‘XIII’ is a 58-minute record and yet it really doesn’t feel like it’s that long. Before you know it, you’re listening to the concluding track, ‘Amnesia’, a song that cleverly reintroduces melodies and ideas heard at earlier points on the album. But here, the melodies feel even more expansive and emotive, pulling many of the album’s strands together neatly in the process. And that final guitar solo is nothing but sheer musical nectar. I’m so glad I was introduced to Soledad, because the French quartet have impressed me immensely with their ambitious, bold, eclectic, and slightly eccentric musical vision. I really hope that this review has whetted your appetite, because if not, I’ll be gutted. Not only because I’ll have clearly lost my touch as a reviewer, but also because it might mean that a truly marvellous record will have slipped past you. Please don’t let that happen – listen to ‘XIII’ and, I hope, prepare to be entertained and captivated like I have been. This is easily one of the best progressive records of 2022 so far.

The Score of Much Metal: 95%

Check out my other 2022 reviews here:

Viande – L’abime dévore les âmes

Credic – Vermillion Oceans

Postcards From New Zealand – Burn, Witch, Burn

Darkher – The Buried Storm

Treat – The Endgame

Bjørn Riis – Everything To Everyone

Destruction – Diabolical

Et Moriemur – Tamashii No Yama

Angel Nation – Antares

Wolf – Shadowland

Denali – Denali EP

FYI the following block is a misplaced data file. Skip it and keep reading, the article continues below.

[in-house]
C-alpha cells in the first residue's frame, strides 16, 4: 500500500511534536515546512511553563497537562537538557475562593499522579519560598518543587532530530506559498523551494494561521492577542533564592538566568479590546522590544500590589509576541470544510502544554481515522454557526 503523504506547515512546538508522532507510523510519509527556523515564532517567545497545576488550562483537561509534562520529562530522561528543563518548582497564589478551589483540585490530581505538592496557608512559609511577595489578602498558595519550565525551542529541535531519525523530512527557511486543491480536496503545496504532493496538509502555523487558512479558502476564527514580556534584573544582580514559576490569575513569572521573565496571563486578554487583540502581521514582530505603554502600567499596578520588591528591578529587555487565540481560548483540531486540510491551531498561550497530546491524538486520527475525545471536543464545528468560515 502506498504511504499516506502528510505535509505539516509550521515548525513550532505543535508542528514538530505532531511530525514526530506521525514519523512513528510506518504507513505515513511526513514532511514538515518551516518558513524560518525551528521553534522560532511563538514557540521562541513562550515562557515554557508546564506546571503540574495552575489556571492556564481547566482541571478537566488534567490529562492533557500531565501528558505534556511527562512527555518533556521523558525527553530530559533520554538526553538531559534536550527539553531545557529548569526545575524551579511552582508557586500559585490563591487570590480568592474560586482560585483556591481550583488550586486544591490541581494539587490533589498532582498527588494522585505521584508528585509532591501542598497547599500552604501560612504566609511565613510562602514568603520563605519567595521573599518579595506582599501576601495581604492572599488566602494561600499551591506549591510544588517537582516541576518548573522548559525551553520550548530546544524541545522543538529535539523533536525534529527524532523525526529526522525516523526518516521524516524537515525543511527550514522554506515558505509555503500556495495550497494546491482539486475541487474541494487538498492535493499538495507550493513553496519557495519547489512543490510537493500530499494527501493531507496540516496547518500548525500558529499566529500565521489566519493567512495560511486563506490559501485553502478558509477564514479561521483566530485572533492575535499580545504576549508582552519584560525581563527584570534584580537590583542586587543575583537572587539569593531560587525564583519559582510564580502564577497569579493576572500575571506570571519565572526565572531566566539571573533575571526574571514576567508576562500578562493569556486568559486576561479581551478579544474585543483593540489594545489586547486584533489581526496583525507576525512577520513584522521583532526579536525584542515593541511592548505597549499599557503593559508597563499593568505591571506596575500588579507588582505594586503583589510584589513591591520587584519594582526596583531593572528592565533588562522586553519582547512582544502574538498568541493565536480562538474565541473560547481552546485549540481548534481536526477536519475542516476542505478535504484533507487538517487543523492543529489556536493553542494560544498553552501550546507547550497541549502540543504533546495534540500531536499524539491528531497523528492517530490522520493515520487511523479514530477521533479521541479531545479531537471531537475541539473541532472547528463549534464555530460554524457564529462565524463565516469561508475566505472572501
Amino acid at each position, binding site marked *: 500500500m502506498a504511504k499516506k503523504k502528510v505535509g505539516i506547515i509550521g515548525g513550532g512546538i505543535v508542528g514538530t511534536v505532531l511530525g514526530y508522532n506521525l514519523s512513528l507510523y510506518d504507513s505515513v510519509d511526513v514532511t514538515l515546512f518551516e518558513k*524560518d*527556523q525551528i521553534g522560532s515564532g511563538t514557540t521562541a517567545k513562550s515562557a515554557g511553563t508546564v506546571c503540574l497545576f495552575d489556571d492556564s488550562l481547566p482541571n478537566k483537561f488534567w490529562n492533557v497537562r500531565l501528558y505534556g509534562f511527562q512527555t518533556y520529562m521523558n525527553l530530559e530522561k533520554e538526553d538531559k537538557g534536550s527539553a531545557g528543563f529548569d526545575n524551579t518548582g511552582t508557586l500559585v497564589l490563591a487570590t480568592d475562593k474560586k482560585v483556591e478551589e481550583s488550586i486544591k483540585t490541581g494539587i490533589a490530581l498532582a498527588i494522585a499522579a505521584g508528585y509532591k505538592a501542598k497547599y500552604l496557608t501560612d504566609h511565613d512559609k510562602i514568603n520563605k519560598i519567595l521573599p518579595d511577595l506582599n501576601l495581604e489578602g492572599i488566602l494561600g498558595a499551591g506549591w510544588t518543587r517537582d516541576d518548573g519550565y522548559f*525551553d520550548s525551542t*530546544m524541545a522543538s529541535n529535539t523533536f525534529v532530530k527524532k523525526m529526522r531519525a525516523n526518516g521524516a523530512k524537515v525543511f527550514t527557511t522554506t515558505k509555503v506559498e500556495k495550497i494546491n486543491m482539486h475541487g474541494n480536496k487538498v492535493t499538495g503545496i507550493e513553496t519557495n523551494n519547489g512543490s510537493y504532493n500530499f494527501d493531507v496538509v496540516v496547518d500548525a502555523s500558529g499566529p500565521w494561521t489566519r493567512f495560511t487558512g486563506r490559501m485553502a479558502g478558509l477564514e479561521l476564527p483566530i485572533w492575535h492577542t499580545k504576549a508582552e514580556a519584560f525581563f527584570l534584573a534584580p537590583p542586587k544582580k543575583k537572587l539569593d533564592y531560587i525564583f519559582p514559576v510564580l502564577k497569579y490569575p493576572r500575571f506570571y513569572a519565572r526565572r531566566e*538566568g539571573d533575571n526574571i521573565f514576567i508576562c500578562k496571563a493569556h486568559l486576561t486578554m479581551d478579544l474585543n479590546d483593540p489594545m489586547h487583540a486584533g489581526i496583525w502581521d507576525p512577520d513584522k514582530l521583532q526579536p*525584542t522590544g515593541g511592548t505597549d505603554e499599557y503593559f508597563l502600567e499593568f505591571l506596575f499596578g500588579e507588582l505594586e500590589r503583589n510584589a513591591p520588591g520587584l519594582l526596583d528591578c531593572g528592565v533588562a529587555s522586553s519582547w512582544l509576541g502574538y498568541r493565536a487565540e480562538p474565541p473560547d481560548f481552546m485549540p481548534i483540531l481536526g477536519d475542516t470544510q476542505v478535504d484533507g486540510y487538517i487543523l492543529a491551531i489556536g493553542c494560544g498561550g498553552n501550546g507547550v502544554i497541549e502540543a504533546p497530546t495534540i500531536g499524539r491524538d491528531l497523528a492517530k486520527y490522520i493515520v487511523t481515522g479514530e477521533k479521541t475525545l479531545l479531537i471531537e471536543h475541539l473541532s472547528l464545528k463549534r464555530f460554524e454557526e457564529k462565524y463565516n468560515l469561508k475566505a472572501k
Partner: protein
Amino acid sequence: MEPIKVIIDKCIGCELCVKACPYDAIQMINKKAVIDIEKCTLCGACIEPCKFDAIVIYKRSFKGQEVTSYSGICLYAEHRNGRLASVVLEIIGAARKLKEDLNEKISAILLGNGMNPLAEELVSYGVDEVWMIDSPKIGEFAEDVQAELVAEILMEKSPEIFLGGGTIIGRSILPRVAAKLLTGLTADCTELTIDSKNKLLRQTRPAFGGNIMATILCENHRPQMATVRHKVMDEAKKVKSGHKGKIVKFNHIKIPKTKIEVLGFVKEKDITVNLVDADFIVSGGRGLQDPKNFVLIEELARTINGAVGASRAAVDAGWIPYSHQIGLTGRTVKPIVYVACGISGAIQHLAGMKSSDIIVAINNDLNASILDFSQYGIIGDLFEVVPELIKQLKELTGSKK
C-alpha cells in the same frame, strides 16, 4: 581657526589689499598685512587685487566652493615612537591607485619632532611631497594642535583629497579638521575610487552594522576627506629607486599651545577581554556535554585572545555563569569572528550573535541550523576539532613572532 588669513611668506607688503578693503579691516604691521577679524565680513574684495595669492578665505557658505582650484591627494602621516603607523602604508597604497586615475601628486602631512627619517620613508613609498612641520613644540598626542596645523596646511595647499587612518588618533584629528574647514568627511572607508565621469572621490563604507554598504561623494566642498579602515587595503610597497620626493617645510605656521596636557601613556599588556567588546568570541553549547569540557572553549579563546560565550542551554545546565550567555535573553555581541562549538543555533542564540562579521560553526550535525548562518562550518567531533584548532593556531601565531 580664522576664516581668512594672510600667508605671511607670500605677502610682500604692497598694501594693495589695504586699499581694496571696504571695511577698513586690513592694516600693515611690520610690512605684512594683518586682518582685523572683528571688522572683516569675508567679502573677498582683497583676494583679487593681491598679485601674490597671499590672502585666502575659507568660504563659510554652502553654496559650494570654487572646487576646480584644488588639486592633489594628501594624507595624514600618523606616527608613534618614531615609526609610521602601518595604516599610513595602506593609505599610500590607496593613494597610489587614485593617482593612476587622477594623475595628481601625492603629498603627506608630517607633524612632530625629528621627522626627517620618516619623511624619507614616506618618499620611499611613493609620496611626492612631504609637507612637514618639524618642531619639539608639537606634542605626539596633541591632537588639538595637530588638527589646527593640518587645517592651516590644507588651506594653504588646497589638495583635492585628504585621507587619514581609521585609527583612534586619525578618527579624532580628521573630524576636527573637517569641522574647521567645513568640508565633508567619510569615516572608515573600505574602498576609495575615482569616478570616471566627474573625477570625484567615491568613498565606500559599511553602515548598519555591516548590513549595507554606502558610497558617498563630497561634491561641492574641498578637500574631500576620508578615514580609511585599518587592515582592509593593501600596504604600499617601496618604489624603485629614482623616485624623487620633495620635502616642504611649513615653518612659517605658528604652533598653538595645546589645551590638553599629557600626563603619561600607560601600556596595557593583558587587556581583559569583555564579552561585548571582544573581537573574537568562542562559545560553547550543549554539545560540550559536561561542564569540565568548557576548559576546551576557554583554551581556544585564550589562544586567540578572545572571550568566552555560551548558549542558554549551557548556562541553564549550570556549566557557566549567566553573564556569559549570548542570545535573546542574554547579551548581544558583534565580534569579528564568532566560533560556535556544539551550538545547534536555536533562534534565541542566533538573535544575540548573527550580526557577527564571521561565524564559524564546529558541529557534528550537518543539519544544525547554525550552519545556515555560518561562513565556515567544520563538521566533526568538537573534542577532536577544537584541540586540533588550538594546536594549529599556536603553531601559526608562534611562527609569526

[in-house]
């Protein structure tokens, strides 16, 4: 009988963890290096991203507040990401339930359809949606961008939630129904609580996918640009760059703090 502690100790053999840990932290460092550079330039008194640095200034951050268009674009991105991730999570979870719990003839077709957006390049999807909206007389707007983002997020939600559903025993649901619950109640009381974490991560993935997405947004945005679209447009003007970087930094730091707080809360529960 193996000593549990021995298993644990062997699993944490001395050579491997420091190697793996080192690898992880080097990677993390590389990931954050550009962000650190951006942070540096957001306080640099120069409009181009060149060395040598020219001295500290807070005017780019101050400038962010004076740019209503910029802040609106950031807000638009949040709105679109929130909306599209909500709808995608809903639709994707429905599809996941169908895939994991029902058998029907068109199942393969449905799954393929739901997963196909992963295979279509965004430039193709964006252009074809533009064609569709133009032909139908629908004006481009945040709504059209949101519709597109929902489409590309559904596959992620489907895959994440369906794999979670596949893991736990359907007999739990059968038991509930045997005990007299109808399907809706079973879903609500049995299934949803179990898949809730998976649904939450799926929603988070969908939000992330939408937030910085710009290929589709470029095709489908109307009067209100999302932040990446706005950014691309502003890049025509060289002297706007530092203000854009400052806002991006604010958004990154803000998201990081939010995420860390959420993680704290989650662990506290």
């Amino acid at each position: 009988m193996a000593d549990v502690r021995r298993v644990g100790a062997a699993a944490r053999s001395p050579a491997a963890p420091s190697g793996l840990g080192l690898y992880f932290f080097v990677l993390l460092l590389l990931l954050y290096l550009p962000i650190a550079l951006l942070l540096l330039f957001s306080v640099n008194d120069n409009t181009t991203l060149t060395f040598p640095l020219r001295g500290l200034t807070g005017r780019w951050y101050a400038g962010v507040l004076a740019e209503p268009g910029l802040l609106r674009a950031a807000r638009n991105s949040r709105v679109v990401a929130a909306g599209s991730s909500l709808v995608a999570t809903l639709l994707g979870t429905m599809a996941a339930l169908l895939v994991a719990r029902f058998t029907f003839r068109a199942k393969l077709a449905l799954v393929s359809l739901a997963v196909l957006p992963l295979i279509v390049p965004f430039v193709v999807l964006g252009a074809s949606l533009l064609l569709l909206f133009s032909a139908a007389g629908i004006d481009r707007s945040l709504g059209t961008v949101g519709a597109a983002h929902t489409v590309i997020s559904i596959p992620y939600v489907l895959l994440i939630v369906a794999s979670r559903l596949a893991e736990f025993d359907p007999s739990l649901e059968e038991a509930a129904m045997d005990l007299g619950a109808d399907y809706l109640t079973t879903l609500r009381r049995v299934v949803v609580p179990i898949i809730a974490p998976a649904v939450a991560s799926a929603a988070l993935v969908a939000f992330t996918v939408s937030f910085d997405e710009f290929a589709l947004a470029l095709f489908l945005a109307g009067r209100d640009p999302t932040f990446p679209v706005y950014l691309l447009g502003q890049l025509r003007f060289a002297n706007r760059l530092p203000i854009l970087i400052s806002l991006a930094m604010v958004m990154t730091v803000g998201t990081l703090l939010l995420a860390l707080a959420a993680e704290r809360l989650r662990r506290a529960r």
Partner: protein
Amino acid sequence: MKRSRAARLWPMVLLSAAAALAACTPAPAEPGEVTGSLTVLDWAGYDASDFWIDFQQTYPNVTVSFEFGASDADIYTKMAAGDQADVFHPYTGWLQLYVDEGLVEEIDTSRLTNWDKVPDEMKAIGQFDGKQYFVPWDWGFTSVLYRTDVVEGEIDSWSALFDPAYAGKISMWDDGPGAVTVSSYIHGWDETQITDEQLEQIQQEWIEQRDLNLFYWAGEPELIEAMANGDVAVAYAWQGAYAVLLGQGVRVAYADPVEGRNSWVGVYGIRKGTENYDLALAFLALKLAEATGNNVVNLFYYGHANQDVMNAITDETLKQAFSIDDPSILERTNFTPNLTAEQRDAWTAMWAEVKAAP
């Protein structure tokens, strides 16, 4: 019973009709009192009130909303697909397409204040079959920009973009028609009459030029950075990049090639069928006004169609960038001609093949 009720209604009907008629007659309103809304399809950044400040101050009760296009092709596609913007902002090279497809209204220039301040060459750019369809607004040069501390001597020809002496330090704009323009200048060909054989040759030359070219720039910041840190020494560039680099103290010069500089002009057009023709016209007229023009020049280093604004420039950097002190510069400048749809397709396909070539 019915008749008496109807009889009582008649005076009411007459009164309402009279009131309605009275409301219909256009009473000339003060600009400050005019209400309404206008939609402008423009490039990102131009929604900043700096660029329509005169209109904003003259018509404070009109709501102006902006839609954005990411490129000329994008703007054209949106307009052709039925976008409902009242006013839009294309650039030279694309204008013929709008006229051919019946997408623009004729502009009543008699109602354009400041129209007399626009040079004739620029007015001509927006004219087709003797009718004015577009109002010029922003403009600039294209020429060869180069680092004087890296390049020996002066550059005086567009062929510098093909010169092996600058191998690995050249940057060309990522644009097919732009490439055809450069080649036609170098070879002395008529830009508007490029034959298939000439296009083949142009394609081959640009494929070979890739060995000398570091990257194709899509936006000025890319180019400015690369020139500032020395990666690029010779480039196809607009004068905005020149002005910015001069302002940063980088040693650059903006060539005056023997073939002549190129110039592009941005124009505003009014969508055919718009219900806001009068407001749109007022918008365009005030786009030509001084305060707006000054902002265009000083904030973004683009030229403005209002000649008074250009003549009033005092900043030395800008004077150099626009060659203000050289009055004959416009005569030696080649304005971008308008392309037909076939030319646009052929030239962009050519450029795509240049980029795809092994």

Centinex – The Pestilence EP

Meshuggah – Immutable

Chapter Of Hate – Bloodsoaked Decadence EP

Ancient Settlers – Our Last Eclipse

Tranzat – Ouh La La

Playgrounded – The Death Of Death

Father Befouled – Crowned In Veneficum

Abbath – Dread Reaver

PreHistoric Animals – The Magical Mystery Machine (Chapter 2)

Kvaen – The Great Below

Michael Romeo – War Of The Worlds, Part 2

Dark Funeral – We Are The Apocalypse

Carmeria – Advenae

Agathodaimon – The Seven

Moonlight Haze – Animus

Hellbore – Panopticon

Konvent – Call Down The Sun

Idol Of Fear – Trespasser

The Midgard Project – The Great Divide

Threads Of Fate – The Cold Embrace Of The Light

Arkaik – Labyrinth Of Hungry Ghosts

New Horizon – Gate Of The Gods

Cailleach Calling – Dreams Of Fragmentation

Tundra – A Darkening Sky

Sylvaine – Nova

Hath – All That Was Promised

Sabaton – The War To End All Wars

Kuolemanlaakso – Kuusumu

Oh Hiroshima – Myriad

Godless Truth – Godless Truth

Shape Of Despair – Return To The Void

Eight Bells – Legacy Of Ruin

Embryonic Devourment – Heresy Of The Highest Order

Serious Black – Vengeance Is Mine

Allegaeon – Damnum

HammerFall – Hammer Of Dawn

Immolation – Acts Of God

Veonity – Elements Of Power

Nightrage – Abyss Rising

Arjen Anthony Lucassen’s Star One – Revel In Time

Pure Wrath – Hymn To The Woeful Hearts

Dagoba – By Night

The Last Of Lucy – Moksha

Arð – Take Up My Bones

Embryonic Autopsy – Prophecies Of The Conjoined

The Devils Of Loudun – Escaping Eternity

Cult Of Luna – The Long Road North

WAIT – The End Of Noise

Abysmal Dawn – Nightmare Frontier

Amorphis – Halo

Nordic Giants – Sybiosis

Persefone – Metanoia

Vorga – Striving Toward Oblivion

Mystic Circle – Mystic Circle

Nasson – Scars

Burned In Effigy – Rex Mortem

Silent Skies – Nectar

Celeste – Assassine(s)

Abyssus – Death Revival

SOM – The Shape Of Everything

Ashes Of Ares – Emperors And Fools

Beriedir – AQVA

Lalu – Paint The Sky

Nocturna – Daughters Of The Night

Battle Beast – Circus Of Doom

Lee McKinney – In The Light Of Knowledge

Descent – Order Of Chaos

Aethereus – Leiden

Toundra – Hex

Ilium – Quantum Evolution Event EP

Power Paladin – With The Magic Of Windfyre Steel

Necrophagous – In Chaos Ascend

Infected Rain – Ecdysis

Wilderun – Epigone

You can also check out my other reviews from previous years right here:

2021 reviews

2020 reviews

2019 reviews
2018 reviews
2017 reviews
2016 reviews
2015 reviews